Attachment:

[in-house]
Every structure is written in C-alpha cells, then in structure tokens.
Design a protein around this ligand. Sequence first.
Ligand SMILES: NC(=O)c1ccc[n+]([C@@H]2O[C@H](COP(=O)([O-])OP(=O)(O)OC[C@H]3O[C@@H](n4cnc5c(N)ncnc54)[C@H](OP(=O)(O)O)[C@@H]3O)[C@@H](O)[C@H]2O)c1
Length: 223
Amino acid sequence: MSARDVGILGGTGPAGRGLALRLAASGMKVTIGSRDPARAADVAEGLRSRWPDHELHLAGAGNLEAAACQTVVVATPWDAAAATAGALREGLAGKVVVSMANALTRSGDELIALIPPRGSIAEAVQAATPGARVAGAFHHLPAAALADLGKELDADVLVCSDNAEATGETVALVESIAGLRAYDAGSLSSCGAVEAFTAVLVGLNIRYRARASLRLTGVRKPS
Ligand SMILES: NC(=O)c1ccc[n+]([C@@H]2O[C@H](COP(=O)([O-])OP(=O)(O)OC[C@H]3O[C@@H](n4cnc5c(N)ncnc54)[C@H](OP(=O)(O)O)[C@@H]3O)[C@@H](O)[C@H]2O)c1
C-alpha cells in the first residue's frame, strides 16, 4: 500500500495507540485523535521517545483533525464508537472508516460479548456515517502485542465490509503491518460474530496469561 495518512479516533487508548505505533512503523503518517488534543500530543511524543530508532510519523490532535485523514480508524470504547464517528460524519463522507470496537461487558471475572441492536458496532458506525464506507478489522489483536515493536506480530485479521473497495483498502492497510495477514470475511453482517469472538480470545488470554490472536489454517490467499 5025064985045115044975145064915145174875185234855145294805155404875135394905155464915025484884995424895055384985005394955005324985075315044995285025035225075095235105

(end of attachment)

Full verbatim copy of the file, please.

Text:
[in-house]
Every structure is written in C-alpha cells, then in structure tokens.
Design a protein around this ligand. Sequence first.
Ligand SMILES: NC(=O)c1ccc[n+]([C@@H]2O[C@H](COP(=O)([O-])OP(=O)(O)OC[C@H]3O[C@@H](n4cnc5c(N)ncnc54)[C@H](OP(=O)(O)O)[C@@H]3O)[C@@H](O)[C@H]2O)c1
Length: 223
Amino acid sequence: MSARDVGILGGTGPAGRGLALRLAASGMKVTIGSRDPARAADVAEGLRSRWPDHELHLAGAGNLEAAACQTVVVATPWDAAAATAGALREGLAGKVVVSMANALTRSGDELIALIPPRGSIAEAVQAATPGARVAGAFHHLPAAALADLGKELDADVLVCSDNAEATGETVALVESIAGLRAYDAGSLSSCGAVEAFTAVLVGLNIRYRARASLRLTGVRKPS
Ligand SMILES: NC(=O)c1ccc[n+]([C@@H]2O[C@H](COP(=O)([O-])OP(=O)(O)OC[C@H]3O[C@@H](n4cnc5c(N)ncnc54)[C@H](OP(=O)(O)O)[C@@H]3O)[C@@H](O)[C@H]2O)c1
C-alpha cells in the first residue's frame, strides 16, 4: 500500500495507540485523535521517545483533525464508537472508516460479548456515517502485542465490509503491518460474530496469561 495518512479516533487508548505505533512503523503518517488534543500530543511524543530508532510519523490532535485523514480508524470504547464517528460524519463522507470496537461487558471475572441492536458496532458506525464506507478489522489483536515493536506480530485479521473497495483498502492497510495477514470475511453482517469472538480470545488470554490472536489454517490467499 5025064985045115044975145064915145174875185234855145294805155404875135394905155464915025484884995424895055384985005394955005324985075315044995285025035225075095235105